I am using duplicity to create nightly backups of my server over FTP. I wrote a script that does both a local and remote backup and logs the output results. When I run this script as the root user, it executes just fine. However when I set it as a cron job and run it, the script executes but the ftp portion fails. Shortly after I get an error message saying "ncftpls - command not found, please install ncftp 3.1.9 or later" but it is installed! Is there some reason that cron job would not be able to find a command that exists on the machine? Does it have it's own PATH or something like that?

Any help is greatly appreciated,


  • Is it root's cronttab? Sep 14, 2010 at 2:24
  • Yes, it is root's script, root's crontab, and I compiled and installed ncftp as root.
    – mclark1129
    Sep 14, 2010 at 2:25
  • Can you show the line from crontab? Sep 14, 2010 at 2:45

2 Answers 2


Are you using absolute paths? Cron jobs won't open an interactive shell, so bash init scripts (bashrc, bash_profile, etc.) that usually set the PATH may not be run--and if they are, they'll be using root's, not yours. If you're unsure about where the command is, you can use which <command> to find out the absolute path.

When dealing with cron scripts, the general rule of thumb is, you either (a) want to set the PATH or (b) use absolute paths.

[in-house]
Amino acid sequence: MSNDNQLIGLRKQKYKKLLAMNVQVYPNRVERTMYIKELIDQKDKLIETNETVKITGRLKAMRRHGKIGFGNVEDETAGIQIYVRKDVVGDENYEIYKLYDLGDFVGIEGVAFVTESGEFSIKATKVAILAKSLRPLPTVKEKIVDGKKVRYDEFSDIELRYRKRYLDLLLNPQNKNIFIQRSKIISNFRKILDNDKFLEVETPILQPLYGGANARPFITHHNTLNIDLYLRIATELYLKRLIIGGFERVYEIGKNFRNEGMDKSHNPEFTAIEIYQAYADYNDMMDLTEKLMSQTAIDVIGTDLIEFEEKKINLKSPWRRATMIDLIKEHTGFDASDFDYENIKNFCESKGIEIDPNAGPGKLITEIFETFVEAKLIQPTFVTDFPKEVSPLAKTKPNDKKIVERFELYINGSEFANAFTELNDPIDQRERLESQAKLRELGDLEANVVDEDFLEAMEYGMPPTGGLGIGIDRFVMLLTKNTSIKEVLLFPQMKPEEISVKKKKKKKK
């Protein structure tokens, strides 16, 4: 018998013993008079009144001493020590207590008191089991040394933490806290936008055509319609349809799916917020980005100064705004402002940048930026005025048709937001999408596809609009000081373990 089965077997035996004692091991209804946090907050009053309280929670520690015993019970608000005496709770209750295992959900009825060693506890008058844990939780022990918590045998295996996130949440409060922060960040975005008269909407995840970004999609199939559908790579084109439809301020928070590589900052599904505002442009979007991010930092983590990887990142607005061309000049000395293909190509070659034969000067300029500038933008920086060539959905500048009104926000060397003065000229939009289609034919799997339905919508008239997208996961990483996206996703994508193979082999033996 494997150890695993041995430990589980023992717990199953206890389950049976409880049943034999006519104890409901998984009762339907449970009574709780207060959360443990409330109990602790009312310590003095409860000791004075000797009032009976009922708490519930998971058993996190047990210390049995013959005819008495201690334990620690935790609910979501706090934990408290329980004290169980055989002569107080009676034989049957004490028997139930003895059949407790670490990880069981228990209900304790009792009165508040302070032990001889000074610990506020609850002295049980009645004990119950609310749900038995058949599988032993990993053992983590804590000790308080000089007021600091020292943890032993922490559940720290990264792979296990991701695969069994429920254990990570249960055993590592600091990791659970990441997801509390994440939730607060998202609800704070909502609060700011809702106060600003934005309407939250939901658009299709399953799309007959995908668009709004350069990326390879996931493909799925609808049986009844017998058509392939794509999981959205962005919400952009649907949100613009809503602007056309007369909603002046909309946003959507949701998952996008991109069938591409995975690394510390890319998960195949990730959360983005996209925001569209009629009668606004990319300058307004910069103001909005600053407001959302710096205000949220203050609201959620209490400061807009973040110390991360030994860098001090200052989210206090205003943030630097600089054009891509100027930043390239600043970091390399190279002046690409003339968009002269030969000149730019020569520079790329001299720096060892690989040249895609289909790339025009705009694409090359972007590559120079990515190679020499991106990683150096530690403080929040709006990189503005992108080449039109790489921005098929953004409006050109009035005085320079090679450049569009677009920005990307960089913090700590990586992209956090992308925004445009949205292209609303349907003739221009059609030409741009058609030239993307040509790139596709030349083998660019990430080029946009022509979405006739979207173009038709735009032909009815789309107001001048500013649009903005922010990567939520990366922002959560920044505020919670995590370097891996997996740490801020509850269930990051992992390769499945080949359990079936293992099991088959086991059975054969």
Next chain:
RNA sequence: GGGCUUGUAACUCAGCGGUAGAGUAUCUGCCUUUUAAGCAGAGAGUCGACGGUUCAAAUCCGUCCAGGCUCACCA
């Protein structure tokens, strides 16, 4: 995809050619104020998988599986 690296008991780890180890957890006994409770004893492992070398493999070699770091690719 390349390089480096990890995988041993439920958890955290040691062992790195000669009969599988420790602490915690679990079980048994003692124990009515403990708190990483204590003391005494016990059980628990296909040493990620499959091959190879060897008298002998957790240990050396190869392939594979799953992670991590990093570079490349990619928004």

Good luck!

  • I recommend type over which because type also handles things like aliases. For example, in my shell, which ls responds with /bin/ls, but type ls responds with ls is aliased to 'ls --color=auto -F'
    – user
    Nov 5, 2016 at 15:20

You should either give the full path to the command you want to run or you should define PATH in the cron job.

Example of running the foobar command without giving a path:

01 * * * * root foobar

With a path:

01 * * * * root /usr/bin/foobar

You can also specify things like which shell to run the jobs in by setting SHELL like: SHELL=/bin/bash for bash. See man 5 crontab for some more examples.

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